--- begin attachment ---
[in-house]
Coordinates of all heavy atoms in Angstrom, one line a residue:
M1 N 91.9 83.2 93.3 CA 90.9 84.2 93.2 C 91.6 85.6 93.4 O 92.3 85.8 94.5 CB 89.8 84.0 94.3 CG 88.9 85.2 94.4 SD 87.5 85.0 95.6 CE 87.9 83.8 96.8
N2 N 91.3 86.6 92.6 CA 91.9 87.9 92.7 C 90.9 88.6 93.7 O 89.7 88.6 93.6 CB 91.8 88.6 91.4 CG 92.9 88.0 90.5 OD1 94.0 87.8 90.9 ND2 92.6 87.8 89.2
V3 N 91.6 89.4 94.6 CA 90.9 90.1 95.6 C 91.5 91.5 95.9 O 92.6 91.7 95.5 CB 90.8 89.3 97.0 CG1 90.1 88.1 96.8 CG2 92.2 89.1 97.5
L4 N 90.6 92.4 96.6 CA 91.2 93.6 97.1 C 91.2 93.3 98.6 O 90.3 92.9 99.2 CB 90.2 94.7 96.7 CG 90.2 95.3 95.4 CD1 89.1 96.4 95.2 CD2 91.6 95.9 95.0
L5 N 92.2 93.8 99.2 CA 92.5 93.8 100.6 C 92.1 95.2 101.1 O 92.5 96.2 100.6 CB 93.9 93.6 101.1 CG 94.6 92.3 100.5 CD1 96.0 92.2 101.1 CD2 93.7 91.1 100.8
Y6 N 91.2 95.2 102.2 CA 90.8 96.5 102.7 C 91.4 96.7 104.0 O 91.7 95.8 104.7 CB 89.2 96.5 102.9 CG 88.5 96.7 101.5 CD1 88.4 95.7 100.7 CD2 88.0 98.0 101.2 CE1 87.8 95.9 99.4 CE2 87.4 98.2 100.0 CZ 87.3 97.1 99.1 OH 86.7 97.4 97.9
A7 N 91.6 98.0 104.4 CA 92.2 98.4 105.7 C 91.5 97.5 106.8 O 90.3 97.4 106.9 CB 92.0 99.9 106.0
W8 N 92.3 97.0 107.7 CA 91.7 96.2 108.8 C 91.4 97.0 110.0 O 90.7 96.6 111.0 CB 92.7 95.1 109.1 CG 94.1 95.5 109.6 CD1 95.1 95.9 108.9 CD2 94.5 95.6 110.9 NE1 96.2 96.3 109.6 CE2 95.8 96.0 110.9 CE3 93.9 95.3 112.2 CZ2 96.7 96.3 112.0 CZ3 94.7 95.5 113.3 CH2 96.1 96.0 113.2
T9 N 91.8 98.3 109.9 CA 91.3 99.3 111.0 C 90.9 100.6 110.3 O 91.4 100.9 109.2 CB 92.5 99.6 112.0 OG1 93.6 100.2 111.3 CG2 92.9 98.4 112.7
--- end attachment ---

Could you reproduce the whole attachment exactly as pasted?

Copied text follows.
[in-house]
Coordinates of all heavy atoms in Angstrom, one line a residue:
M1 N 91.9 83.2 93.3 CA 90.9 84.2 93.2 C 91.6 85.6 93.4 O 92.3 85.8 94.5 CB 89.8 84.0 94.3 CG 88.9 85.2 94.4 SD 87.5 85.0 95.6 CE 87.9 83.8 96.8
N2 N 91.3 86.6 92.6 CA 91.9 87.9 92.7 C 90.9 88.6 93.7 O 89.7 88.6 93.6 CB 91.8 88.6 91.4 CG 92.9 88.0 90.5 OD1 94.0 87.8 90.9 ND2 92.6 87.8 89.2
V3 N 91.6 89.4 94.6 CA 90.9 90.1 95.6 C 91.5 91.5 95.9 O 92.6 91.7 95.5 CB 90.8 89.3 97.0 CG1 90.1 88.1 96.8 CG2 92.2 89.1 97.5
L4 N 90.6 92.4 96.6 CA 91.2 93.6 97.1 C 91.2 93.3 98.6 O 90.3 92.9 99.2 CB 90.2 94.7 96.7 CG 90.2 95.3 95.4 CD1 89.1 96.4 95.2 CD2 91.6 95.9 95.0
L5 N 92.2 93.8 99.2 CA 92.5 93.8 100.6 C 92.1 95.2 101.1 O 92.5 96.2 100.6 CB 93.9 93.6 101.1 CG 94.6 92.3 100.5 CD1 96.0 92.2 101.1 CD2 93.7 91.1 100.8
Y6 N 91.2 95.2 102.2 CA 90.8 96.5 102.7 C 91.4 96.7 104.0 O 91.7 95.8 104.7 CB 89.2 96.5 102.9 CG 88.5 96.7 101.5 CD1 88.4 95.7 100.7 CD2 88.0 98.0 101.2 CE1 87.8 95.9 99.4 CE2 87.4 98.2 100.0 CZ 87.3 97.1 99.1 OH 86.7 97.4 97.9
A7 N 91.6 98.0 104.4 CA 92.2 98.4 105.7 C 91.5 97.5 106.8 O 90.3 97.4 106.9 CB 92.0 99.9 106.0
W8 N 92.3 97.0 107.7 CA 91.7 96.2 108.8 C 91.4 97.0 110.0 O 90.7 96.6 111.0 CB 92.7 95.1 109.1 CG 94.1 95.5 109.6 CD1 95.1 95.9 108.9 CD2 94.5 95.6 110.9 NE1 96.2 96.3 109.6 CE2 95.8 96.0 110.9 CE3 93.9 95.3 112.2 CZ2 96.7 96.3 112.0 CZ3 94.7 95.5 113.3 CH2 96.1 96.0 113.2
T9 N 91.8 98.3 109.9 CA 91.3 99.3 111.0 C 90.9 100.6 110.3 O 91.4 100.9 109.2 CB 92.5 99.6 112.0 OG1 93.6 100.2 111.3 CG2 92.9 98.4 112.7